The alternation between a singularity and totality continues in the third and fourth meditative states. Ease ceases in the third meditative state as the stretch that exists exceeds ease, and happiness ceases in the fourth meditative state as the distinction of the senses that takes place exceeds happiness.

    The extension of the mind of friendliness through the four quarters, above, below, throughout the world may be associated with the induction of the fourth state. Friendliness with the folks on the other side of the wall, who sit when I sit- only they don’t take the posture (as Kobun put it).

    Equalibrioception and proprioception, the forgotten senses.

    1. mb
      mb September 18, 2015 at 7:33 pm |

      Equalibrioception and proprioception, the forgotten senses.

      I’m afraid that cats and marine mammals are “more enlightened” than humans in the matter of equilibrioception. According to Wikipedia:

      Some animals have better equilibrioception than humans, for example a cat uses its inner ear and tail to walk on a thin fence.[3]

      Equilibrioception in many marine animals is done with an entirely different organ, the statocyst, which detects the position of tiny calcareous stones to determine which way is “up”.

      Still, there’s hope for humans catching up to felines and marine creatures with statocysts. In hatha yoga, learning to practice balance postures (e.g. “tree pose”, standing on one leg with the other leg off the ground) with eyes closed can accelerate development of equilibrioception. My personal experience with this is that some kind of “substitute” “inner vision” develops with eyes closed which fills the visual field with “imagined but realistic” perceptions which aid in maintaining physical steadiness (and thereby extends said steadiness to more subtle realms etc. after practice matures) without exterior visual input through the eyes.

      1. mb
        mb September 19, 2015 at 4:44 am |

        519 undefined and 06 seconds

  11. Mumbles
    Mumbles September 18, 2015 at 9:06 pm |

    I’m greedy for more: Just got the amazing new Keith Richards lp “Crosseyed Heart” -Wow. Hope I can sit up in a chair let alone rock the fuck out like KR at 72 yrs old.

    Also watched the great new doc on KR/The Stones “Under The Influence” streaming on Netflix as of right now. Keith is and has been fluent in many many styles of guitar playing, as evidenced in this film. Great how the Stones revived the careers of Muddy Waters, Howling Wolf and other great Blues performers by their early homage & continued support.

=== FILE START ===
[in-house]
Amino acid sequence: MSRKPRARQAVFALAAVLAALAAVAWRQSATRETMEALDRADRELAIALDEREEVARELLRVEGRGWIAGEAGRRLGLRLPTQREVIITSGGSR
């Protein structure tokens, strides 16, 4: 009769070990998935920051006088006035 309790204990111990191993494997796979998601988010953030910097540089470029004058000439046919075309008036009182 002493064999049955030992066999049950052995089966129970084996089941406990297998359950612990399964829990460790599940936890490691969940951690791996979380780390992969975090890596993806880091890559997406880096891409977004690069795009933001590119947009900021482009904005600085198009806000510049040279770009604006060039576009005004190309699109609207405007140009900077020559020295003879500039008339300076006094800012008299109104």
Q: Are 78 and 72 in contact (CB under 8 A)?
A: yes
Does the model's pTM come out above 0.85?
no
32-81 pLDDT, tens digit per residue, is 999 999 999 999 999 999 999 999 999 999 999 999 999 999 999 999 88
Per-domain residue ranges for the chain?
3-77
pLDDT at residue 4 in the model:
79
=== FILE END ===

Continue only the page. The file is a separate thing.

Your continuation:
They weren’t “rip offs” they were and still are uber fans. Like most of us.

  12. Andy
    Andy September 19, 2015 at 2:58 am |

    “If it were about anything besides meaning then our greed might not be merely “interesting.””

    ‘meaning’ is a gerund. Any use of the word ‘meaning’ refers to an activity. ‘Meaning’ is beside itself already, each time.

  13. Frustration and Greed | Zen Mischief September 19, 2015 at 4:34 am |
  14. Dog Star
    Dog Star September 19, 2015 at 8:14 am |

    Thank you, Brad. Greed is often viewed in an unrealistically simplistic way, i.e. “Greed bad, altruism good.” There’s a bit more to it.

    1. Zafu
      Zafu September 19, 2015 at 9:35 am |

      Greed, like all things, are often viewed in the way you describe. They are viewed this way by everyone, including yourself.

      Do you actually believe that you don’t hold the “unrealistically simplistic” impression that “Greed bad” somewhere in the primal recesses of your mind?

      Also, to say that “there’s a bit more to it” implies that you understand all the complexities involved. Do you understand all the complexities involved? or has being a rats God gone to your head.

      And lastly, apropos of nothing, what sound does a bee make, Numbnuts Jr.?

      1. Fred Jr.
        Fred Jr. September 19, 2015 at 10:56 am |


        bzz bzzz bzzzzz bzzzzzzz zzzzz zzzz zzzzzzz zzz zzzzzzz bzzzzz bzzzz bzzz zzzz bzzzz bzzz bzzzzz zzz zz bzzzzz ?

        Smell ya, bro.

        Fart Jr.

        1. Zafu
          Zafu September 19, 2015 at 2:49 pm |

          Yes, very good.

      2. Son of Zafu
        Son of Zafu September 19, 2015 at 11:56 am |

        What do you want meaning for? Life is greed, not meaning.

  15. constantine
    constantine September 19, 2015 at 10:27 pm |

    Deer Brad Warner,

    Your commenters are writing stuff that is much more interesting than your original articles. I suspect that your readership and clicks are in no small part increased by this lot of zen and anti-zen blog commenters.

    You are the noodles, your commenters are the sauce.

    You are the pizza crust, your commenters are the cheese, sauce, veggies, and spices.

    You are buns, your commenters are the meat and condiments.

    You are the hot dog, your commenters are mustard and relish.

    You are the nori, your commenters are the rice, fish, and veggies inside. . . and the damn wasabi.

    You are the oatmeal, your commenters the syrup.

    You are the tofu, your commenters the soy, the garlic, the ginger, the jar of peanut sauce.

    You are the featherless wings, your commenters are the colorful feathers that give majestic flight to your blog.

    You are the ice, your commenters the cream, fruit, and sugar.

    You are the Google earth map, your commenters are the Amazon jungle,

    You are the wall builder, your commenters are Hui Neng’s verse upon the wall.

    You are the sand at the bottom of the sea, your commenters are the bioluminescence that lights up the dark.

    You are the first 20 minutes of any movie made in the 70s where they spent too much time on poor story development that didn’t matter, your commenters are the last hour of any movie made in the 70s when shit actually happened.

    There’s nothing anyone can do to change this. Be thankful that there are commenters here.

  16. economy news
    economy news September 19, 2015 at 11:28 pm |

    Nice post. thanks admin.

  17. Kyla
    Kyla September 22, 2015 at 4:17 am |

    I found this to be a very insightful blog. Makes me think of my motivations in my work.

Comments are closed.